A special event in Melbourne brought together Australia’s brightest designers and engineers to solve challenges for people with disability.
Stacey Christie needs to do a bit of detective work before she leaves home. If she’s heading to a restaurant, a shop or any other building, she needs to know whether her destination is wheelchair accessible. If she can’t get in – which occurs more often than not – her frustration is palpable.
“Electric wheelchairs like mine weigh about 150 kilograms. They are really heavy. It’s not as though someone can just lift the wheelchair, which makes it impossible to enter or exit a store that has even one step,” Stacey says.
“It feels a lot like segregation, really. You just can’t get to places.”
Stacey, 23, has muscular dystrophy. She’s been left behind at stations because train drivers haven’t provided a ramp for her to board. She’s had to abandon social catch-ups, courses, even potential jobs, because they were in buildings that weren’t accessible.
But Stacey has a plan – she wants to create a selfoperated portable device that will enable her and her wheelchair to get up a kerb or a step when there’s no ramp. She got the chance to make that plan a step closer to reality during the inaugural TOM Melbourne event late last year.
TOM, or Tikkun Olam Makers, is a global non-profit movement that began in Israel. The idea, says Michal Kabatznik, TOM’s Creator of Global Opportunities, was to learn how to use modern technology to improve people’s lives.
“We wanted to bring tech experts together with people in need and together they would create specific solutions to practical challenges,” she says. “We decided to focus on the area of disabilities because it’s a global issue, one that a lot of traditional markets aren’t really paying attention to,” Michal says.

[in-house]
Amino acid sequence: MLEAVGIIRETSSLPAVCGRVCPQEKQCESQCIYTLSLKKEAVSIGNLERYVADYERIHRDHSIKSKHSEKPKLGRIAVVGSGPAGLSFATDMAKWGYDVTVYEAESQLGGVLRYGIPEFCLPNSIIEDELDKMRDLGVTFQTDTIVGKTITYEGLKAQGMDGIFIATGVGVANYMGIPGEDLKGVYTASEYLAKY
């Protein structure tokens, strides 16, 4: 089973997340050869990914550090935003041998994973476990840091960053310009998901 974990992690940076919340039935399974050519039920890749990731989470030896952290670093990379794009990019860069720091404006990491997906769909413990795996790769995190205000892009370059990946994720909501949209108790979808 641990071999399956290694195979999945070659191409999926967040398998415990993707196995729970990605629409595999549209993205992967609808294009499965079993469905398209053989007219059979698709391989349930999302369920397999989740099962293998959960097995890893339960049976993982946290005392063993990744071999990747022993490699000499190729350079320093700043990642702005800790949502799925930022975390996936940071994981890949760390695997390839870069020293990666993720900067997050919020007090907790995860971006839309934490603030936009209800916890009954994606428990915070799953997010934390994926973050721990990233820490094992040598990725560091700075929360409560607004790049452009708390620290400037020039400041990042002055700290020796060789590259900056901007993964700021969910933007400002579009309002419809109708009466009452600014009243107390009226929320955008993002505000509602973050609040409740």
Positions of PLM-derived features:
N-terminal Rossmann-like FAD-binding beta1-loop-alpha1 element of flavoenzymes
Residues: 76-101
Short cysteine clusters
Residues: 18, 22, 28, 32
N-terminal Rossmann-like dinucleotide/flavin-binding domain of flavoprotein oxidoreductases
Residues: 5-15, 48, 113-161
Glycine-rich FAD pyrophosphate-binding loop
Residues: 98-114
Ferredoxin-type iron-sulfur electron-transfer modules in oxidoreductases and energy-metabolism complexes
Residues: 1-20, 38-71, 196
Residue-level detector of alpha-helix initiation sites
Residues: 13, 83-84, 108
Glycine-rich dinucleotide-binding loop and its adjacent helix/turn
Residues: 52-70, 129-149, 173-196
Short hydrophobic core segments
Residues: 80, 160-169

The first TOM event was held in Israel in 2014. Since then, an overwhelming international response has seen events take place in 12 countries.
Melbourne hosted the 15th TOM make-a-thon, an event that saw “need knowers”, people with disabilities or challenges such as Stacey’s, connect with “makers”, or people with engineering, tech and design skills.
In the lead-up to TOM Melbourne, makers and need knowers met up to six times throughout November. During the event, they caught up for a three-day make-a-thon at Swinburne University in Hawthorn, where they began using cutting-edge technology to build working prototypes.
“Every part of the TOM make-a-thon can continue to be developed so it can reach as many people as possible,” says Michal. “If we solve someone’s challenge in Melbourne, it would mean that anywhere around the world, people with that same challenge would have access to the solution.”
This commitment to open-source development is one of the things that impressed Richard Prideaux, General Manager of Home & Disability Services in Victoria and South Australia at Australian Unity.
Australian Unity is a sponsor of TOM Melbourne, and Richard says the decision to support the event was an easy one.
“One of the best things about TOM is that it helps people with disability to achieve their goals. That’s what we also aspire to do through our services, so for that reason we were very keen to support the event.”
Dr Oren Tirosh lectures in biomechanics and clinical gait analysis at Swinburne University and was one of the team involved in making Stacey’s project a reality. He’s interested in how people integrate with wheelchairs and what wheelchair users’ difficulties and needs are.